Faith No More – Sol Invictus (Review)

Faith No More - Sol Invictus (2015)
Faith No More – Sol Invictus (2015)

My favourite Faith No More albums, Angel Dust and King for a Day… Fool for a Lifetime, took time to grow on me. Big chunks of the albums would go over my head but there were always enough instantly accessible songs to keep me coming back for more. And with each listen their darker, more challenging material would start to work on me until I was completely won over. Continuing this tradition, their reunion album Sol Invictus has taken repeat listens to reveal itself too… but in a slightly different way. 2015-05-28 17.37.18-1 The news that the reunited Faith No More would be releasing their first new music since 1997’s Album of the Year was hugely exciting but the early singles Motherfucker and Superhero seemed disappointing. And on initial spins it seemed like Faith No More were playing it too safe. The material and delivery seemed lazy and half-baked. But, strangely, the album was more instantly satisfying in its darker, denser moments. Songs like Separation Anxiety, Matador and the fantastic Cone of Shame all reminders of the band at their very best and it was these tense and claustrophobic tracks that brought me back for repeat listens. And on those repeat listens songs like Sunny Side Up and Rise of the Fall began to exert a magnetic, hooky pull. Turns out that there’s a lot going on in the album’s short running time. I found hidden depths, enigmatic lyrics and moments of joy in songs I’d previously deemed throwaway. Even the singles started to grow on me, working better within the context of the album.

The things that struck me as weaknesses in early listens (the safe approach, restrained guitars, empty catchiness) are all objectively still there but now they just don’t seem to matter. Mike Patton’s remarkable vocals and Roddy Bottum’s keyboards prove to be the star turns here but mostly the band foregoes grandstanding in favour of serving the music’s expression and theatricality. Fans of the band’s more Caffeine-ated explosiveness might be disappointed but that was only ever one part of their style. This is still recognisably a Faith No More album, reminiscent of their past work but also a step forward and a new start. It’s a hugely rewarding listen and it’s also very much a grower. In other words, classic Faith No More. Welcome back.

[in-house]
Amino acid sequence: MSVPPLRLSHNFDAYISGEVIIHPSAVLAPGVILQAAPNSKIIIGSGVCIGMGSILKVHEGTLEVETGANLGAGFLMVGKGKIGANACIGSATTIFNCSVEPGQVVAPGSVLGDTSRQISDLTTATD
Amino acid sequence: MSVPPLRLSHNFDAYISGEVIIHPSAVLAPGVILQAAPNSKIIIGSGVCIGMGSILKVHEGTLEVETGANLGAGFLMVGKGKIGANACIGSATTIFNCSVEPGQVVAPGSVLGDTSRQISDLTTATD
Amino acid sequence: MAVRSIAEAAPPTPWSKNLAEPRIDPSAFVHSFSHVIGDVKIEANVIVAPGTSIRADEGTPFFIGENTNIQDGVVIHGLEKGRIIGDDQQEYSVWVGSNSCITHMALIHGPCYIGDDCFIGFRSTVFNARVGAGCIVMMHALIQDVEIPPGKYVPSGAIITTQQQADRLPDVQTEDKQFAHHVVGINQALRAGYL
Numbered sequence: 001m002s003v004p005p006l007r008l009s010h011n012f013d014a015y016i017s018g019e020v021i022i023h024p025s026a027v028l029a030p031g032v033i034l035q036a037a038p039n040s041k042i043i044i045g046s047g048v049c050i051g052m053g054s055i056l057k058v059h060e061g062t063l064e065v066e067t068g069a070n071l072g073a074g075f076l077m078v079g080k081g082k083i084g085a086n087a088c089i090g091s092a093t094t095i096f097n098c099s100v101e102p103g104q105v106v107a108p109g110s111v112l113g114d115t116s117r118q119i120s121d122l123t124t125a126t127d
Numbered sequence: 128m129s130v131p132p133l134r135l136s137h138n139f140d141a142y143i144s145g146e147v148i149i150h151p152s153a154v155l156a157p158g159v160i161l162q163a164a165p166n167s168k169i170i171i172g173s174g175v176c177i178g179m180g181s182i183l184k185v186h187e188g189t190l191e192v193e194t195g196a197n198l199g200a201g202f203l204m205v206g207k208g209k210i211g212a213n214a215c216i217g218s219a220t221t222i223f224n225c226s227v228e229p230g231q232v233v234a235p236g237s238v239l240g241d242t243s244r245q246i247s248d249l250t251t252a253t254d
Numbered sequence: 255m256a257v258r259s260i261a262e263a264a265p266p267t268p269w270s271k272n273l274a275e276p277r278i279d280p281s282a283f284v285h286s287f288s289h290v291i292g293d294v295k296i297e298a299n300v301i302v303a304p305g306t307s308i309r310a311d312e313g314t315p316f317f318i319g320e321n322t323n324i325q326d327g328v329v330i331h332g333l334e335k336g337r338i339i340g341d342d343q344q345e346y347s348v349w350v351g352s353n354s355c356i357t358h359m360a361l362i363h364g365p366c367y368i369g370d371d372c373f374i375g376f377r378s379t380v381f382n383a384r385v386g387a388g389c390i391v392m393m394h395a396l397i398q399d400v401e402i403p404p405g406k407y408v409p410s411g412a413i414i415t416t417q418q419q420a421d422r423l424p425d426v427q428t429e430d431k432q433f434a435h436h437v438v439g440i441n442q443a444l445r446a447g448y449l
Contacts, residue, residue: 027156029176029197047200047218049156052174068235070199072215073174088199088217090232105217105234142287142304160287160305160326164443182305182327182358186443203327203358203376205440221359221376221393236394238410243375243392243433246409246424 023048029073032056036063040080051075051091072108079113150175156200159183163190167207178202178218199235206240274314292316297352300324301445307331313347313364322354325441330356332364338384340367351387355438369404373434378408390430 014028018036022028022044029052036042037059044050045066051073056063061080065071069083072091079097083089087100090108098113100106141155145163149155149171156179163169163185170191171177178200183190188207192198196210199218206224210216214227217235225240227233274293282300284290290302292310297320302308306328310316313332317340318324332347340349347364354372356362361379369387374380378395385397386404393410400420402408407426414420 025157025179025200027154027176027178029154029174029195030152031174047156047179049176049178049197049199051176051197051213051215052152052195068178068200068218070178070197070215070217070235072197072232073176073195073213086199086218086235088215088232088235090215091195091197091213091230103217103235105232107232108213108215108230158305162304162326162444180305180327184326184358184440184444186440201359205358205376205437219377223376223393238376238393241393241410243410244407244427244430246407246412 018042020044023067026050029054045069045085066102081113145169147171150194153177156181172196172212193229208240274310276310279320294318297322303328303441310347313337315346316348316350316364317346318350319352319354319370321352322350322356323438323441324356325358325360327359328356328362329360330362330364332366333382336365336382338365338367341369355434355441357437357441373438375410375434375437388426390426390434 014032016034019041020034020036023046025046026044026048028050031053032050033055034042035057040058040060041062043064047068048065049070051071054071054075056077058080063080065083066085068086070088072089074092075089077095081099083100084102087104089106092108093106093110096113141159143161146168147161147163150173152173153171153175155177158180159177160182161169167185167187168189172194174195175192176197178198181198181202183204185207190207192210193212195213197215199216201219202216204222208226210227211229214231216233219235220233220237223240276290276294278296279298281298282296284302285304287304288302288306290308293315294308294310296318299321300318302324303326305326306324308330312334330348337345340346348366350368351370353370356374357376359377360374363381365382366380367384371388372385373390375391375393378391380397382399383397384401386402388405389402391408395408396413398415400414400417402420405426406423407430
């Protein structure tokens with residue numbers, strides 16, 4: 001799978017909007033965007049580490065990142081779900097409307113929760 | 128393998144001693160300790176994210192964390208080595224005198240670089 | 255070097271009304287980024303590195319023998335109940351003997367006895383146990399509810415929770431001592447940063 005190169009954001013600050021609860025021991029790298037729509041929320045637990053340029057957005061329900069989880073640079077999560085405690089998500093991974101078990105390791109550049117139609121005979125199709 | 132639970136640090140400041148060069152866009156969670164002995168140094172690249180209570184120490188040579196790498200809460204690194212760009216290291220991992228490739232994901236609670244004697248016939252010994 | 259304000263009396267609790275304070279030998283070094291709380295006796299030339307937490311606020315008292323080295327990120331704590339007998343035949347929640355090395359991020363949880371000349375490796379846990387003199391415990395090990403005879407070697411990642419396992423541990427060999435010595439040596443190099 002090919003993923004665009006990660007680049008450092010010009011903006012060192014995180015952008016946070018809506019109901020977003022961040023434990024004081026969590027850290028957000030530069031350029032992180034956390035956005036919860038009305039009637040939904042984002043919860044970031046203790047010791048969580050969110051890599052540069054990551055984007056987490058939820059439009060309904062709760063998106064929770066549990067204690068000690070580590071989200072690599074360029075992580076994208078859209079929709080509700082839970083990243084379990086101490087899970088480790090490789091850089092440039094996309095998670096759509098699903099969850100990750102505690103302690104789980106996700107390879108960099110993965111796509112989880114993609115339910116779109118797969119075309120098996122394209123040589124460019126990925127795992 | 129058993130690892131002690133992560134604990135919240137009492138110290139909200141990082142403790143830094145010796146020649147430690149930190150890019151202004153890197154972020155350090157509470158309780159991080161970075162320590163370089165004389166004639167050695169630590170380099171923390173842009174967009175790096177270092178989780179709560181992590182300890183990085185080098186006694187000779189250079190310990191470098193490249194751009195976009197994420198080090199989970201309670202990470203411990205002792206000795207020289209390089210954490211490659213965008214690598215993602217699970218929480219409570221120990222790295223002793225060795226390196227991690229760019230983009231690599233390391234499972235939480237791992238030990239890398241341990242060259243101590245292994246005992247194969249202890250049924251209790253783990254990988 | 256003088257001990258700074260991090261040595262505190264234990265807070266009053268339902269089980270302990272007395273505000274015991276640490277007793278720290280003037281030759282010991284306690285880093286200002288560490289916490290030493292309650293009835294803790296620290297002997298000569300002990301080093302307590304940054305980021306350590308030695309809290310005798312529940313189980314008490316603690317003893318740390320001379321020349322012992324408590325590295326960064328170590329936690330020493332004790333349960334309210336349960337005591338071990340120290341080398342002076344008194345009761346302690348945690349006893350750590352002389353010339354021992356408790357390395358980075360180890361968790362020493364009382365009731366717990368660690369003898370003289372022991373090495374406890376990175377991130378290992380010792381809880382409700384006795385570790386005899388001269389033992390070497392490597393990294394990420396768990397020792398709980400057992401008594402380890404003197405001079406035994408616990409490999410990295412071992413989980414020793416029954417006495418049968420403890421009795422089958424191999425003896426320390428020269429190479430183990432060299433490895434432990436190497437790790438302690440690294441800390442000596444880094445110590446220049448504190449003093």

HMO Rating: 4.5 out of 5

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38 thoughts on “Faith No More – Sol Invictus (Review)”

  1. NICE!

    Motherfucker and Superhero work much better on an album! I really like the Superhero remix on the Japanese version — better than the original. I don’t know if it’s the same remix that was on the single, or not.

    ” Mike Patton’s remarkable vocals and Roddy Bottum’s keyboards prove to be the star turns here but mostly the band foregoes grandstanding in favour of serving the music’s expression and theatricality.”

    Well put, much better than I could have put it. But that’s it right there.

    This is a good album. It will take time to grow on me. I have only played it 1 and 1/2 times since getting it two days ago!

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      1. I didn’t get it until a good while later but, by the time I got it, I knew loads of the songs. They did pretty well in the UK with that one so I had saw lots of videos and lots of TV performances. I’d say I knew about half of it by the time I bought it but even then it took me a while to “get” all of it.

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      2. I can remember getting it — I should do a post about this scenario. Ever do the “one for you, one for me?”

        I went to HMV to buy my friend Bob his birthday present. His birthday is July 29 so I know it was July. He wanted to new Killer Dwarfs, Method to the Madness.

        Because I’m a real “one for you, one for me” guy when I buy gifts, I got Faith No More for myself that day. I do it whenever I buy gifts, I can’t seem to stop myself. At checkout it’s always about equal, how much money is spent on “them” vs “me”!

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  2. I enjoyed this Scott. As a redneck, truck driving, meat-eating, glasses-wearing dude I miss Jim Martin, my FNM faves are Real Thing and Angel Dust – I think he balanced out the more experimental, cerebral side of the band.